Financial markets tripped over themselves on Wednesday after the U.S. Federal Reserve concluded a two-day policy meeting. The Federal Open Market Committee announced that it would begin to taper asset purchases beginning in January, reducing the combined flow rate of quantitative easing to $75 billion per month from $85 billion per month.
The FOMC instructed the Open Market Trading Desk at the New York Fed to reduce its purchases of longer-term Treasury securities from $45 billion to $40 billion and its purchases of agency mortgage-backed securities from $40 billion to $35 billion per month.
The decision to taper was made “In light of the cumulative progress toward maximum employment and the improvement in the outlook for labor market conditions.” Labor market conditions have improved fairly steadily over the past several years, but at a headline rate of 7 percent in November, unemployment, particularly long-term, “remains elevated.” This compares against a full employment target of between 5.2 and 5.8 percent headline unemployment.
This improvement in the labor market has also been somewhat undermined by a steep decline in the labor force participation rate, which was 63 percent in November, about 3 percentage points lower than its pre-crisis level. Between this, the opacity of the recovery, and surprisingly low inflation, the Fed announced that “it likely will be appropriate” to keep the target federal funds rate at the zero bound (between zero and 0.25 percent) “well past” the the time that headline unemployment declines below the 6.5 percent target previously established as part of forward guidance.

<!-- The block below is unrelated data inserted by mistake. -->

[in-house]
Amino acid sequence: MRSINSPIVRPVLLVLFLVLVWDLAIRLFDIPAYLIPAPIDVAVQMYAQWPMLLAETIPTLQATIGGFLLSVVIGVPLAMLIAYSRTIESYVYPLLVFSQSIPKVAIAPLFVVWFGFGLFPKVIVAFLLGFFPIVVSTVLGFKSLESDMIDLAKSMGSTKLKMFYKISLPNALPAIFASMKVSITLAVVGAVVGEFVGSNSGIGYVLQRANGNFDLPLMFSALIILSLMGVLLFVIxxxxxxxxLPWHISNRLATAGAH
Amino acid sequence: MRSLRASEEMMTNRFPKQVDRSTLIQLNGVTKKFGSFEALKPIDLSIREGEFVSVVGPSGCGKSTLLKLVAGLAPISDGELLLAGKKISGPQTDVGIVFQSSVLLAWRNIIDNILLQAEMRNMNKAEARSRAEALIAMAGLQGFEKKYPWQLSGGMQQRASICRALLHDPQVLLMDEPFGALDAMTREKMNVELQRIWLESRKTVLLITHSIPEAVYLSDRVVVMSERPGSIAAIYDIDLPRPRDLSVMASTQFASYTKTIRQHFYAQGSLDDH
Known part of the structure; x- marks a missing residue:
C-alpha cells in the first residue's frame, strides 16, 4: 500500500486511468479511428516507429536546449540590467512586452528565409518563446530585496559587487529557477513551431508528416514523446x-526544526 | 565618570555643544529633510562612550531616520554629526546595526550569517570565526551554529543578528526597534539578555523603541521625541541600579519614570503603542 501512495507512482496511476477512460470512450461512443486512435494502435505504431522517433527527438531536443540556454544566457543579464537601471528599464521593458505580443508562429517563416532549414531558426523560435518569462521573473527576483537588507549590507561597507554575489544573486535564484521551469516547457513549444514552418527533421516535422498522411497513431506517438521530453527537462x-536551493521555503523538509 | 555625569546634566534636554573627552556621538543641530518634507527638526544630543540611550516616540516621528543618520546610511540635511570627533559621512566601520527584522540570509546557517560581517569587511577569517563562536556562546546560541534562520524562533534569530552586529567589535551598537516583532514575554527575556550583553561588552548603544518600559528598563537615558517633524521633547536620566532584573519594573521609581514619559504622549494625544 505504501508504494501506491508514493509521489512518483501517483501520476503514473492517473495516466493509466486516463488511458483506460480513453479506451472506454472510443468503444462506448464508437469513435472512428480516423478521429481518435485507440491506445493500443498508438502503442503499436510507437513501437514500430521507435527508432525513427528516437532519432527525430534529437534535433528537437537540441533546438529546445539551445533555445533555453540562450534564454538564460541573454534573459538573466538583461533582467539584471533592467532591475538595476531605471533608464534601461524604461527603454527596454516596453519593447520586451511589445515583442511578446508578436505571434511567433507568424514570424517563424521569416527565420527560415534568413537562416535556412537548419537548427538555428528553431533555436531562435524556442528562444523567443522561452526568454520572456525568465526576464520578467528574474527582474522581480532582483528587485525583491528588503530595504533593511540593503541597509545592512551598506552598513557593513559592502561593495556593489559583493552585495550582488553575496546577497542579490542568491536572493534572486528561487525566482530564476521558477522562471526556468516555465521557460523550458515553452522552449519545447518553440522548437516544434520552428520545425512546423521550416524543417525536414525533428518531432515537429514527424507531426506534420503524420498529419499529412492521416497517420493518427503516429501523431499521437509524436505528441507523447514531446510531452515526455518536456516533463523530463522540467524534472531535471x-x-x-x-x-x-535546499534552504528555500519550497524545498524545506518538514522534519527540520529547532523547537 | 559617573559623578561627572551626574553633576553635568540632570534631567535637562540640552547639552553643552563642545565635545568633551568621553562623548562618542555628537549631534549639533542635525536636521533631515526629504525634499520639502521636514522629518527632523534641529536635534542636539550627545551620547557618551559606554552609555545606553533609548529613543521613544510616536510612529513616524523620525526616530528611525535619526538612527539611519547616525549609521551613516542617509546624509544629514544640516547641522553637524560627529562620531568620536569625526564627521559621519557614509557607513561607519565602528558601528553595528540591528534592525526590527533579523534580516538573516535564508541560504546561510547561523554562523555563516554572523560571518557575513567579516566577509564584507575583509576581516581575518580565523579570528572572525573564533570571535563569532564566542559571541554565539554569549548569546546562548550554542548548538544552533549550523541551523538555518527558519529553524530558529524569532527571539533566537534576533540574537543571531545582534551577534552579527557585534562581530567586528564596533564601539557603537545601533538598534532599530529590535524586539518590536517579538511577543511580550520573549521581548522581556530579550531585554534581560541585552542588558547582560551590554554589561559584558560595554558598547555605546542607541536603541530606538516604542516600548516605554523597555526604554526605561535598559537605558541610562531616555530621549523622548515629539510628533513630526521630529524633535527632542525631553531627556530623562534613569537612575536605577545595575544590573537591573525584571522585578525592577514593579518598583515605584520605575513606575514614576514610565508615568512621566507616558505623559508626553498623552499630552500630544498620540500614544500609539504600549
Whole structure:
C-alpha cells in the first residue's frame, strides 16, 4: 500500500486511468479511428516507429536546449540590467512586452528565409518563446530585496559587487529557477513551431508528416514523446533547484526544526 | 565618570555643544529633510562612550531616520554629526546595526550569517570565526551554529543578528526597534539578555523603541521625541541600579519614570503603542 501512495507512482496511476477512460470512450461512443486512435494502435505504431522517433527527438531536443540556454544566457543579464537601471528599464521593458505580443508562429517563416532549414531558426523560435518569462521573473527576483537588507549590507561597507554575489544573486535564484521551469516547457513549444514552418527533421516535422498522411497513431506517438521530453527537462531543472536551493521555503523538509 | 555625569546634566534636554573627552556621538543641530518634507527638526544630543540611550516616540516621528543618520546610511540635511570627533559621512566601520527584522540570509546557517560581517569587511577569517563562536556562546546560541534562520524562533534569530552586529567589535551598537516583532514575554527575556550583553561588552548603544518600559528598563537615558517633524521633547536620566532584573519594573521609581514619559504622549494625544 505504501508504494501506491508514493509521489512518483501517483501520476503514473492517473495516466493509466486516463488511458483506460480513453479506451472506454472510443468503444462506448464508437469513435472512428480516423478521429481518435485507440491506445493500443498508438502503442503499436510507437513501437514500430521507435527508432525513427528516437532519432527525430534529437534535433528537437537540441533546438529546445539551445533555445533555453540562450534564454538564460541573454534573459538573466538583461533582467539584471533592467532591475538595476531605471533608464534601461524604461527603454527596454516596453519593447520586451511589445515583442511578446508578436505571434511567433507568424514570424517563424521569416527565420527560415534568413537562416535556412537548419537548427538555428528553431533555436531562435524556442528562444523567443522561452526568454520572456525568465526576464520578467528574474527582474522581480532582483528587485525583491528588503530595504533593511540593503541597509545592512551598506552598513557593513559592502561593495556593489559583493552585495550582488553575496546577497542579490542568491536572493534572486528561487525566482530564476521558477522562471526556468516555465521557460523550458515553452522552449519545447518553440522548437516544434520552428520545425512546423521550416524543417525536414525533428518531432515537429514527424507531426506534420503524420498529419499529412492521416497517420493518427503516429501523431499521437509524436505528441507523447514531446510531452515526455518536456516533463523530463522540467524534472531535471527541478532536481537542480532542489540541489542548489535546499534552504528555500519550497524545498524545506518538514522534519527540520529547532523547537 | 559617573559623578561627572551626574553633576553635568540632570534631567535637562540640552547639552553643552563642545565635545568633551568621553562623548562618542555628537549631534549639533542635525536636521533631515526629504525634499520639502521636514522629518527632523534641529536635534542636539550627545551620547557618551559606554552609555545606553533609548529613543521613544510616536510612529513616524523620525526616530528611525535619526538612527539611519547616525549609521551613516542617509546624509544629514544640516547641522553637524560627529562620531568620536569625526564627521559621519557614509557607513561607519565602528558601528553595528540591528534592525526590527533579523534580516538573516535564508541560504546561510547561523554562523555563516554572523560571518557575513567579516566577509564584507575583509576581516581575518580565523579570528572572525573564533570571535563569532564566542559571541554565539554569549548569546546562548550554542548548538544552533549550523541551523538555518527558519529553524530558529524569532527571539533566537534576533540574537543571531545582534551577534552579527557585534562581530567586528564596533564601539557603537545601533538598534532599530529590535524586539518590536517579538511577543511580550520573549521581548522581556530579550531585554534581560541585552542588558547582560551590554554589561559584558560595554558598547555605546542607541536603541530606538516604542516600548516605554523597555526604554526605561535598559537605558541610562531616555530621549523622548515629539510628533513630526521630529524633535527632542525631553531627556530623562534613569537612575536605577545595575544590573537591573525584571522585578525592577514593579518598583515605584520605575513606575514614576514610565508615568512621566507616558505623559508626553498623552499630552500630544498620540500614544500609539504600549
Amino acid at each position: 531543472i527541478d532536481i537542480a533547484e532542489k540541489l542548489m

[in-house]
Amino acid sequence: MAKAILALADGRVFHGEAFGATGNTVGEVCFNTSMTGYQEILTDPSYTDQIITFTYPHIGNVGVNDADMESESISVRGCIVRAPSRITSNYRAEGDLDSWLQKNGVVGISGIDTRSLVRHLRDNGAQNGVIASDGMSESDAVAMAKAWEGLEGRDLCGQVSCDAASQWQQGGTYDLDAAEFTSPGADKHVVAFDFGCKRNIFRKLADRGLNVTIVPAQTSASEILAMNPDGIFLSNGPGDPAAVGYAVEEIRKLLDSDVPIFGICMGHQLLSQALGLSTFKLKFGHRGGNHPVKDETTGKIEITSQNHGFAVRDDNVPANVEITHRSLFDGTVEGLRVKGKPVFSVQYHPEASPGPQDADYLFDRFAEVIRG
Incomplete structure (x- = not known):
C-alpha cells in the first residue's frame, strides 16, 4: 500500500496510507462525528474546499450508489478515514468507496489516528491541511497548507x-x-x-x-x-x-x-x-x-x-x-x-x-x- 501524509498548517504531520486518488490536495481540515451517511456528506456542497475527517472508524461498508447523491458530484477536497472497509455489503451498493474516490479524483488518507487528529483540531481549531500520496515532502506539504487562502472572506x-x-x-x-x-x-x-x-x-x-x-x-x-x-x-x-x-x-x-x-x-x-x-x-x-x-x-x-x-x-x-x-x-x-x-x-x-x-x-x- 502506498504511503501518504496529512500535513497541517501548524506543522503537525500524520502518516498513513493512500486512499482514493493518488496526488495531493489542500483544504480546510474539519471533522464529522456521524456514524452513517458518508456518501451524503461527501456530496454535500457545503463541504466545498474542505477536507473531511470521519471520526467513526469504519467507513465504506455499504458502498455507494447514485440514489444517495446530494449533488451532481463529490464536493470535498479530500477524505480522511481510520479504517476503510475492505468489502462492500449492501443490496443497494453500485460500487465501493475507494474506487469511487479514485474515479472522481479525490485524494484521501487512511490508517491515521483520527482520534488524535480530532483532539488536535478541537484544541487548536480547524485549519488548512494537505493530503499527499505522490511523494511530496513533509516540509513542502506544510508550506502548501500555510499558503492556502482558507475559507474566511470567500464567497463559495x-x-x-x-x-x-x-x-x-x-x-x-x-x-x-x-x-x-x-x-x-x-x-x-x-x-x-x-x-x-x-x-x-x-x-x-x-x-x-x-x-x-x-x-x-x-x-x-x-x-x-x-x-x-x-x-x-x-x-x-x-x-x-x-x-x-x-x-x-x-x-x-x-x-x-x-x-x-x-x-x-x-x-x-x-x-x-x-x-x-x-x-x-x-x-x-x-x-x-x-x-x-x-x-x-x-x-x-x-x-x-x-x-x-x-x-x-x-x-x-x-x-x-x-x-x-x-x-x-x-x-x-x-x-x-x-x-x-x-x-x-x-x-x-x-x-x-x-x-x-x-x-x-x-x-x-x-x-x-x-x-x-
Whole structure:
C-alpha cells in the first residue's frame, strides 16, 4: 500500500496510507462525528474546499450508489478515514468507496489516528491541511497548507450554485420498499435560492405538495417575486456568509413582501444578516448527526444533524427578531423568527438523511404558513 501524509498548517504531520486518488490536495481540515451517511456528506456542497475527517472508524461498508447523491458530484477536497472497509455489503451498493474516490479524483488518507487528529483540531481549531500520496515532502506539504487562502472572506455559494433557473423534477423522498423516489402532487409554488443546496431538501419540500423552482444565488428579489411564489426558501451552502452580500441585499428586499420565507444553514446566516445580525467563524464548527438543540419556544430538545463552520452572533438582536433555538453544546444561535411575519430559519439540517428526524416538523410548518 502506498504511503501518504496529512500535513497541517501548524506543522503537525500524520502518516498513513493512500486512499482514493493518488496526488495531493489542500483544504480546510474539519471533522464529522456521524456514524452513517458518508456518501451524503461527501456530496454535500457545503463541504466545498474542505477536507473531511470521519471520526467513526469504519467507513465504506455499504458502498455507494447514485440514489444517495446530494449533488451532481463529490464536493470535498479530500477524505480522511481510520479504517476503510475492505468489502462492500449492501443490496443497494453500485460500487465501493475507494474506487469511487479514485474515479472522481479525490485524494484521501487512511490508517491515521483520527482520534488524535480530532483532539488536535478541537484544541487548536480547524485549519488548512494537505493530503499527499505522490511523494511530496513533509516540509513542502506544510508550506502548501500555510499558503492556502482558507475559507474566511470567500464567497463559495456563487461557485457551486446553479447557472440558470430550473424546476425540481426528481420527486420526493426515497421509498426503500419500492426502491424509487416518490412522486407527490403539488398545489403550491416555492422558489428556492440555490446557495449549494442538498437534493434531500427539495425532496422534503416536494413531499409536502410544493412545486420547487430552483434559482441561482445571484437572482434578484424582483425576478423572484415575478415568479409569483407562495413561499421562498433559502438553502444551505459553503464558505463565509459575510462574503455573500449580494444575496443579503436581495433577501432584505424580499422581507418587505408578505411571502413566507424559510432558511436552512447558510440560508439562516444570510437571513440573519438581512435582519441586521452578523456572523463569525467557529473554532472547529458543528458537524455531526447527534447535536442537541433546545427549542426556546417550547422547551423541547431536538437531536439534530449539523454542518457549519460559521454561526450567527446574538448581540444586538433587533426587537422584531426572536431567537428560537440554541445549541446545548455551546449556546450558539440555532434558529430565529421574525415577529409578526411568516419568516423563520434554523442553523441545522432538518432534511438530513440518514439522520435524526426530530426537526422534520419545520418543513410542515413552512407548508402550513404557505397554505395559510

The central bank indicated that it will continue to look at alternative measures of labor market health. One such measure is the employment-to-population ratio, which was 58.6 percent in November, well below pre-crisis levels of about 63 percent.
The Fed is projecting headline unemployment to fall to a range between 6.3 and 6.6 percent in 2014, and to a range between 5.8 and 6.1 percent in 2015, with full employment reached sometime after 2016.
This zero-interest rate policy is expected to remain appropriate “especially if projected inflation continues to run below the Committee’s 2 percent longer-run goal.” The headline price index for personal consumption expenditures, one of the Fed’s preferred measures of inflation, actually declined fractionally in October (core prices increased fractionally) and is up just 0.7 percent on the year (the core index is up 1.1 percent on the year).
The Fed projects both headline and core PCE inflation in 2014 of between 1.4 and 1.6 percent, with the lower bound edging up to 1.7 percent and 1.8 percent, respectively, by 2016. Inflation as measured by the consumer price index has also been soft, trending below the Fed’s target.
The inflation pipeline also appears devoid of pressure. The seasonally adjusted producer price index for finished goods declined 0.1 percent in November, its third consecutive sequential contraction. The headline finished goods index is now up just 0.7 percent on the year. Falling energy prices have been the primary downward pressure on overall prices, contracting 0.4 percent in November. Food prices at the producer level were flat on the month. The core PPI, which factors out food and energy prices, increased 0.1 percent on the month.
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